University of Oxford
11a Mansfield Rd
Rachel Ashegbofe Ikemeh
Because I typically didn’t have a science background when starting out in conservation, my research interest evolved with my growing experience in the field from basically looking at conservation issues to specific species to human-wildlife interactions. However, my specialist research interest has since been centred on exploring practical conservation strategies and solutions in dynamic landscapes. I’m attracted to this because I found that conservationists have increasing become adept in identifying problems and attempts at solutions most often brings about many fails we are often reluctant to talk about. But it is in these ‘fails’ that we are able to also find the solutions that may be effective and badly needed.
My experiences in species conservation has informed my current research which I believe is to conceptualize strategies and implement actions that are relative, adaptable and for formulating conservation solutions. In the beginning of my career, I considered that traditional activities that are either species-focused, site-based or habitat-based management approaches are guaranteed to conserve target species. However, in recent years, I have learned through first-hand experience that species conservation approach ought to be developed in the context of the unique dynamics and interactions of the physical, economic and socio-political environment where the species is located. In other words, the ‘one size fits all’ approach or IUCN conservation models to conservation management needs to be examined critically in present-day natural landscapes, thus, innovation and inclusiveness cannot be compromised. My approach to species conservation have evolved over the years in support of integrated plans and actions that should emanate from a broad spectrum of stakeholders, particularly actors at the local level. This joint and participatory approach strive to reduce conflict, ensure range-wide as well as long-lasting impact and also serves as a means by which conservation actions can be sustained. As a result, I believe strongly that species conservation approach should not be limited to identifying core conservation issues and/or proffering textbook or expert solutions for management but to seek out opportunities in developing partnerships amongst various stakeholders and establish cross-sector relationships that will deliver long-term sustainable solutions.
I am the Founder/Director of SW/Niger Delta Forest Project, a grassroots-focused organization that is pioneering conservation efforts for some highly threatened forest habitats and primate populations in southern Nigeria. I am currently the Co-Vice Chair for the IUCN/SSC Primate Specialist Group African Section; Member of the International Primatological Society (IPS) education committee and a National Geographic explorer.
I have been working to conserve highly threatened primate populations particularly endangered chimpanzee populations in southwestern Nigeria and critically endangered Niger Delta red colobus monkey endemic to central Niger Delta, Nigeria. To conserve these fragile populations of unique wildlife, I have led the creation of two protected areas and have also taken on the management of these new PAs in areas overlapping one of the highest human population densities in the world. Today, SW/Niger Delta Forest Project having just about 40 staff member recruited from local instituitions and communities puts conservation footprint in about 500,000 hectares of wildlife habitats in very highly threatened ecosystems and also areas of high-security risks. In other capacities, I have contributed to developing and implementing biodiversity action plans, management plans and species-based conservation plans.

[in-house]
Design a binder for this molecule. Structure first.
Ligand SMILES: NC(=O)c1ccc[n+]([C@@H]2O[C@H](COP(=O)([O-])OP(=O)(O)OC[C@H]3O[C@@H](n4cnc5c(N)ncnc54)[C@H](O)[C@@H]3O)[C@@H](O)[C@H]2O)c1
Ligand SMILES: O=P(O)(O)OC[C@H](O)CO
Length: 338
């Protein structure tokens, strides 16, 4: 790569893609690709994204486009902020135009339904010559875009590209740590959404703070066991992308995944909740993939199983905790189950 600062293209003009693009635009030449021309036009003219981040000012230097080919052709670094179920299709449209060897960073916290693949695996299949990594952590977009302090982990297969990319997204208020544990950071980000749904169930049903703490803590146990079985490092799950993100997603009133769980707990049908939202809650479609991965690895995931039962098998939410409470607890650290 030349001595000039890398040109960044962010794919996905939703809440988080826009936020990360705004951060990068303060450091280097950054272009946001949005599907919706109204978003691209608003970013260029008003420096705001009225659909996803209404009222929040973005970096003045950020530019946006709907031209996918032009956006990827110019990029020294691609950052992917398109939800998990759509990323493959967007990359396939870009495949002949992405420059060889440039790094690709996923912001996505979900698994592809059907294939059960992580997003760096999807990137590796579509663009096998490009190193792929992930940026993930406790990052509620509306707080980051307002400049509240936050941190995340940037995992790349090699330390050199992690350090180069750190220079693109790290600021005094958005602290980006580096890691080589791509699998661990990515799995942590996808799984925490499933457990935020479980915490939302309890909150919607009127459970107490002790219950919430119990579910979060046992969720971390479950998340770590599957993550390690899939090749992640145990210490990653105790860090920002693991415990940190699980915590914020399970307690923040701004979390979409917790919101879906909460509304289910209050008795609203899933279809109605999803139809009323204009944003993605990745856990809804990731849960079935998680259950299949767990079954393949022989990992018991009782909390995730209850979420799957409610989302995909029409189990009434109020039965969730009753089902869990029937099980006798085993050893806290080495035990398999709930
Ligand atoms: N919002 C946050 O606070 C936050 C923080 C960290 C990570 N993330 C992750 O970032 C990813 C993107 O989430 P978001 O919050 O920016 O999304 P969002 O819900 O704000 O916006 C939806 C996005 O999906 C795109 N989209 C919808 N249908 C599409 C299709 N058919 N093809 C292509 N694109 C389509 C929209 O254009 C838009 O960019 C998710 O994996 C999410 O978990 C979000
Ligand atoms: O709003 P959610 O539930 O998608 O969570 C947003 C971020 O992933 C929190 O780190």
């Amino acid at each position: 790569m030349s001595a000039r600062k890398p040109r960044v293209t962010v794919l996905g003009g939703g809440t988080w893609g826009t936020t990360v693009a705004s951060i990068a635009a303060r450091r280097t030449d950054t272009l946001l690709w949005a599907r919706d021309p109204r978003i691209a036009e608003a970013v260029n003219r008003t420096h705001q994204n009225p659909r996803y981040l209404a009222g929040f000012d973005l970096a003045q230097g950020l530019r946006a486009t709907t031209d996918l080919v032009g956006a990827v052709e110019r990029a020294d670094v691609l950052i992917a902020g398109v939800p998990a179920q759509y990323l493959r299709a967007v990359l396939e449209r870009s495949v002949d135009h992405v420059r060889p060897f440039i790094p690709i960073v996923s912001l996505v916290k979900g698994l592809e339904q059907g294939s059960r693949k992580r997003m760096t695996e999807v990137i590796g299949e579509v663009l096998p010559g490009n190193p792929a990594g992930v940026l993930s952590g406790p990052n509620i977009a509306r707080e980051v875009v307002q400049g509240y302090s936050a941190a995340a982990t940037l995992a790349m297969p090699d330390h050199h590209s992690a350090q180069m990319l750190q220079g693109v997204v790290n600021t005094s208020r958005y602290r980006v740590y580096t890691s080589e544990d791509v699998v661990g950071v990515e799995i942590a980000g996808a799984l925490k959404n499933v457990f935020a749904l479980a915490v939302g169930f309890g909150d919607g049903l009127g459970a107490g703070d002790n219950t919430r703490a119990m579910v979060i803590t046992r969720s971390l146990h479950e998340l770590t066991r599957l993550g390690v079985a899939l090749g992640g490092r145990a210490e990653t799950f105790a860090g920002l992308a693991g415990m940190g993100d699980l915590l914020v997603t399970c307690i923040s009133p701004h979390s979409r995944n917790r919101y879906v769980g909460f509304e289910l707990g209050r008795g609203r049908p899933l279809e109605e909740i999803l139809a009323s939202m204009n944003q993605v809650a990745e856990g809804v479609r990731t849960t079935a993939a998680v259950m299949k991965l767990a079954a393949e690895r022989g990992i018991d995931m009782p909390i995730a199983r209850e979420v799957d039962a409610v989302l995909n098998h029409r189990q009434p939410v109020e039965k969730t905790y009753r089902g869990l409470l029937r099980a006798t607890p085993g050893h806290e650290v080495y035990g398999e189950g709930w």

- 2016 – date Co-founder, African Primatological Society (APS)
- 2016 – date Co-Vice Chair – Africa Section, IUCN/SSC Primate Specialist Group
- 2018 – date Member, IPS Education Committee
- 2020 National Geographic Explorer
- 2020 – date Member, IUCN SSC Primate Specialist Group ARRC Task Force
- OATES J.F., WOODMAN N., GAUBERT P., SARGIS E.J., WIAFE E.D., LECOMPTE E., DOWSETT-LEMAIRE F., DOWSETT R.J, GONEDELE S., IKEMEH R.A., DJAGOUN CHABI, TOMSETT L., AND BEARDER S.K. A new species of tree hyrax (Procaviidae: Dendrohyrax) from West Africa and the significance of the Niger–Volta interfluvium in mammalian biogeography Zoological Journal of the Linnean Society, 2021, XX, 1–26.
- Jessica Junker, Silviu O Petrovan, Victor Arroyo-RodrÍguez, Ramesh Boonratana, Dirck Byler, Colin A Chapman, Dilip Chetry, Susan M Cheyne… Rachel A Ikemeh etc., A Severe Lack of Evidence Limits Effective Conservation of the World’s Primates, BioScience, Volume 70, Issue 9, September 2020, Pages 794–803, https://doi.org/10.1093/biosci/biaa082
- Ikemeh, R.A. (2015) Into the Land of Oil and Wood: Conserving the critically endangered Niger Delta red colobus monkey. Explorers Journal frontiers Spring 2015 pg. 28-32
- Ikemeh, R.A. (2015). Assessing the Population Status of the Critically Endangered Niger Delta Red Colobus (Piliocolobus epieni). Primate Conservation 29: 1-10.
- Ikemeh R.A. (2013). Population Survey of Nigerian-Cameroon Chimpanzee (Pan troglodytes ellioti) in Southwestern Nigerian Priority Sites: Idanre Forest Cluster and Ise Forest Reserve. African Primates Journal. November 2013.
- Ikemeh R.A. (2013). Sustainable Forest Management in a Human Dominated Landscape and Its Implications for Biodiversity Conservation: A Nigerian Lowland Forest Perspective. Reports in Biodiversity Studies, Dove Press. November 2013.
- Ikemeh, R.A., 2006. The King and I. BIODIVERSITY: Journal of life on earth (7) 3 & 4: 2. Tropical Conservancy, Canada. http://www.tc-biodiversity.org/Biodiversity7-3-4TOC.pdf